Why I Chose Penile Implant Surgery to Treat My Erectile Dysfunction

Why I Chose Penile Implant Surgery to Treat My Erectile Dysfunction
I have three personality traits that led me to choose penile implant surgery to treat my erectile dysfunction. #1. I hate to lose. In other words, I strongly prefer to win. After my double-nerve-sparing robotic prostatectomy left me impotent,  I did not want ED to be the cost of winning the war against my prostate

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Rick Redner received his master’s degree in social work from Michigan State University. He has spent many years working as a medical and psychiatric social worker He is the author of the award winning book I Left My Prostate in San Francisco-Where's Yours? His second book Everything You Never Wanted to Know About Erectile Dysfunction and Penile Implants won the Beverly Hills International Book Awards in Men's Health in 2016. Additionally, the book was a winner in the 2017 IAN Book of the Year Awards.

5 comments

  1. Chris O'Neill says:

    I was concerned that if I viewed the procedure, I would come to the conclusion I didn’t want a surgeon performing it on me.

    That would have made it worth viewing a prostatectomy online before having it done.

    • Rick Redner says:

      Chris
      Based on the variety of comments you’ve made I get the distinct impression you are not at all happy with the quality of your life following your prostate surgery. What weren’t you told before you went for surgery.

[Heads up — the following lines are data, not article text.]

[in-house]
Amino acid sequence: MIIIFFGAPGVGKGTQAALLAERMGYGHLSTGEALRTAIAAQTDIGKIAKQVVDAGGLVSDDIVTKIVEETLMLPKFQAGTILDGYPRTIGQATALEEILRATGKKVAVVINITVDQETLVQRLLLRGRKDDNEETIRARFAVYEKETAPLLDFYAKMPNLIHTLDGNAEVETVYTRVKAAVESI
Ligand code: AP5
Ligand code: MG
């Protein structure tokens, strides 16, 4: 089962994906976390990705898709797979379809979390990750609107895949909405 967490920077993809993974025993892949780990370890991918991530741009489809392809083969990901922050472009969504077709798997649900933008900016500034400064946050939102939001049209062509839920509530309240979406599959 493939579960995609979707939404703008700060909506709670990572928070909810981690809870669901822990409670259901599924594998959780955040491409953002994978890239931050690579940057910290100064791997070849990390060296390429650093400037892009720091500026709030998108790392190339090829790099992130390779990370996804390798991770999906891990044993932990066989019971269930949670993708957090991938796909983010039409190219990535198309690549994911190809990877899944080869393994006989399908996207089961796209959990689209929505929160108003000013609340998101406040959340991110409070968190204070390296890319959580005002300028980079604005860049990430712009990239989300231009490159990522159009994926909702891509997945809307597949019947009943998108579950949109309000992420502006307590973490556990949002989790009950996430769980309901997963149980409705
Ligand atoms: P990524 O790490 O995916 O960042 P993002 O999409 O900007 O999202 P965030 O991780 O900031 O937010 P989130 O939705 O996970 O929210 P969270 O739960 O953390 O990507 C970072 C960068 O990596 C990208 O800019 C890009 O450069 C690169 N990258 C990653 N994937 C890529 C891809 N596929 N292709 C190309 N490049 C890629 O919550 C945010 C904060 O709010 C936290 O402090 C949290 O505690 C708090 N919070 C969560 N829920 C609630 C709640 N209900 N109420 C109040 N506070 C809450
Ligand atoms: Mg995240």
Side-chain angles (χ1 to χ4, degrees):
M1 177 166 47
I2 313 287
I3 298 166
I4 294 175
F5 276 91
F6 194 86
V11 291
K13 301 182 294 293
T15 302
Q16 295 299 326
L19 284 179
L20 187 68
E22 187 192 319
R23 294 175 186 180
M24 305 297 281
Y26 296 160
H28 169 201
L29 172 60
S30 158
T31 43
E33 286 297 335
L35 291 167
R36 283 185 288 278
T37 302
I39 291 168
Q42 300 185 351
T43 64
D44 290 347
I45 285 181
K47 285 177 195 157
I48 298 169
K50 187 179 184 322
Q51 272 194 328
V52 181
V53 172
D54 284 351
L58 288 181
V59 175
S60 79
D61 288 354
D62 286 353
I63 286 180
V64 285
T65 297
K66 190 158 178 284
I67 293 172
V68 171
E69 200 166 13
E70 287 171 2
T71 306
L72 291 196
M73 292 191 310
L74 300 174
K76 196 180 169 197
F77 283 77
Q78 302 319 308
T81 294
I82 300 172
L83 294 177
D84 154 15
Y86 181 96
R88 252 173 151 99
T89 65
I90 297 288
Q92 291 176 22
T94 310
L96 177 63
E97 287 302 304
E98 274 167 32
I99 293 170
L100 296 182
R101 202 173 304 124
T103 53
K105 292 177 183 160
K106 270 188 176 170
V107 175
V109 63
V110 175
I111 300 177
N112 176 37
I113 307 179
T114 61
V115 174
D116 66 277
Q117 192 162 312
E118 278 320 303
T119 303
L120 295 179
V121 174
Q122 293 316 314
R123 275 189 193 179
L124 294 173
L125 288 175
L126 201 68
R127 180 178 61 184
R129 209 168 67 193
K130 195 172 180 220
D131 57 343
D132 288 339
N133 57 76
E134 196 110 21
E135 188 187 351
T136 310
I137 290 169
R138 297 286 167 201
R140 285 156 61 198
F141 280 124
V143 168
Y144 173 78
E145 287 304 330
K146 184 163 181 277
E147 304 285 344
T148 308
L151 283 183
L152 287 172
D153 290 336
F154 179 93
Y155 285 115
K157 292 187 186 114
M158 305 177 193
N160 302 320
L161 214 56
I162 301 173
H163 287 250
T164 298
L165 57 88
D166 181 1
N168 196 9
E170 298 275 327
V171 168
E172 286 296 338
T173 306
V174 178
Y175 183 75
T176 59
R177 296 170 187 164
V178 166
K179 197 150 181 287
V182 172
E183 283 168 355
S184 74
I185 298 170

2. Chris O'Neill says:

    My experience was in the old days (pre-2009 published RCTs) when men were either told nothing or were outright lied to.

    Men are still being deceived, if they are told anything, by only being told a misleading fraction of the truth.

      • Chris O'Neill says:

        Do you not agree that urology surgeons and associated practitioners deserve a lot of anger for the deception and contempt they have shown to their patients, not to mention professional incompetence?

        If not then why not? They have known for long time that there were serious doubts about whether their very harmful treatments were actually saving a significant number of lives, if any. But did they normally let their patients know of these doubts? No. Did they try to understand epidemiology? No. Did they tell their patients the truth about the extent of harm of their treatments? No. They displayed a level of ethical behaviour not much better than used car salesmen.

        Do men have reason to be very angry with the way they have been treated by this part of the medical profession? Of course they do.

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